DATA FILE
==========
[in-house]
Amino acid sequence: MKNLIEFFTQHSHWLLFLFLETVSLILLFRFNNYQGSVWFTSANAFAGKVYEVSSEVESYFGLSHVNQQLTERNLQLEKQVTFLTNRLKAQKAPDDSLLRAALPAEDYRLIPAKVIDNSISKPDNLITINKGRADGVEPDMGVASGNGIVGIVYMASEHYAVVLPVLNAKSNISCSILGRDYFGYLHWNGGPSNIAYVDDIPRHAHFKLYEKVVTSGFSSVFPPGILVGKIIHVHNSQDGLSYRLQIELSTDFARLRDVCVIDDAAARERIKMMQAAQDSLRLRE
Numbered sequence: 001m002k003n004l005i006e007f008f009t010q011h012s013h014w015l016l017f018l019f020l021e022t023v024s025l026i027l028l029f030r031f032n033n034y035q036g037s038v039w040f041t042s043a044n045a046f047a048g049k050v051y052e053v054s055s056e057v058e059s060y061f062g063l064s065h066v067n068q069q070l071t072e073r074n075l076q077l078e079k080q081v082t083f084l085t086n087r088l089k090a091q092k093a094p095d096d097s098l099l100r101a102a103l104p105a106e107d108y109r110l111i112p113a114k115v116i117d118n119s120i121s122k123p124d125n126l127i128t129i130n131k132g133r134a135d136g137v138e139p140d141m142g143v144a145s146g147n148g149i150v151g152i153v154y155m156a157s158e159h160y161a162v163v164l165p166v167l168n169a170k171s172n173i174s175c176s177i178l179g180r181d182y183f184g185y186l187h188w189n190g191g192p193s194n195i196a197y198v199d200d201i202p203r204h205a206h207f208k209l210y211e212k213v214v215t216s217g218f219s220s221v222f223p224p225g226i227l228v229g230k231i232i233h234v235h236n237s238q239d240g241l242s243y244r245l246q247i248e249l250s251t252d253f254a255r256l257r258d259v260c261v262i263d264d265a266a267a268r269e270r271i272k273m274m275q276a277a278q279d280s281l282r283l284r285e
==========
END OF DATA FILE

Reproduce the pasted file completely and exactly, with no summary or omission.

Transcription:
[in-house]
Amino acid sequence: MKNLIEFFTQHSHWLLFLFLETVSLILLFRFNNYQGSVWFTSANAFAGKVYEVSSEVESYFGLSHVNQQLTERNLQLEKQVTFLTNRLKAQKAPDDSLLRAALPAEDYRLIPAKVIDNSISKPDNLITINKGRADGVEPDMGVASGNGIVGIVYMASEHYAVVLPVLNAKSNISCSILGRDYFGYLHWNGGPSNIAYVDDIPRHAHFKLYEKVVTSGFSSVFPPGILVGKIIHVHNSQDGLSYRLQIELSTDFARLRDVCVIDDAAARERIKMMQAAQDSLRLRE
Numbered sequence: 001m002k003n004l005i006e007f008f009t010q011h012s013h014w015l016l017f018l019f020l021e022t023v024s025l026i027l028l029f030r031f032n033n034y035q036g037s038v039w040f041t042s043a044n045a046f047a048g049k050v051y052e053v054s055s056e057v058e059s060y061f062g063l064s065h066v067n068q069q070l071t072e073r074n075l076q077l078e079k080q081v082t083f084l085t086n087r088l089k090a091q092k093a094p095d096d097s098l099l100r101a102a103l104p105a106e107d108y109r110l111i112p113a114k115v116i117d118n119s120i121s122k123p124d125n126l127i128t129i130n131k132g133r134a135d136g137v138e139p140d141m142g143v144a145s146g147n148g149i150v151g152i153v154y155m156a157s158e159h160y161a162v163v164l165p166v167l168n169a170k171s172n173i174s175c176s177i178l179g180r181d182y183f184g185y186l187h188w189n190g191g192p193s194n195i196a197y198v199d200d201i202p203r204h205a206h207f208k209l210y211e212k213v214v215t216s217g218f219s220s221v222f223p224p225g226i227l228v229g230k231i232i233h234v235h236n237s238q239d240g241l242s243y244r245l246q247i248e249l250s251t252d253f254a255r256l257r258d259v260c261v262i263d264d265a266a267a268r269e270r271i272k273m274m275q276a277a278q279d280s281l282r283l284r285e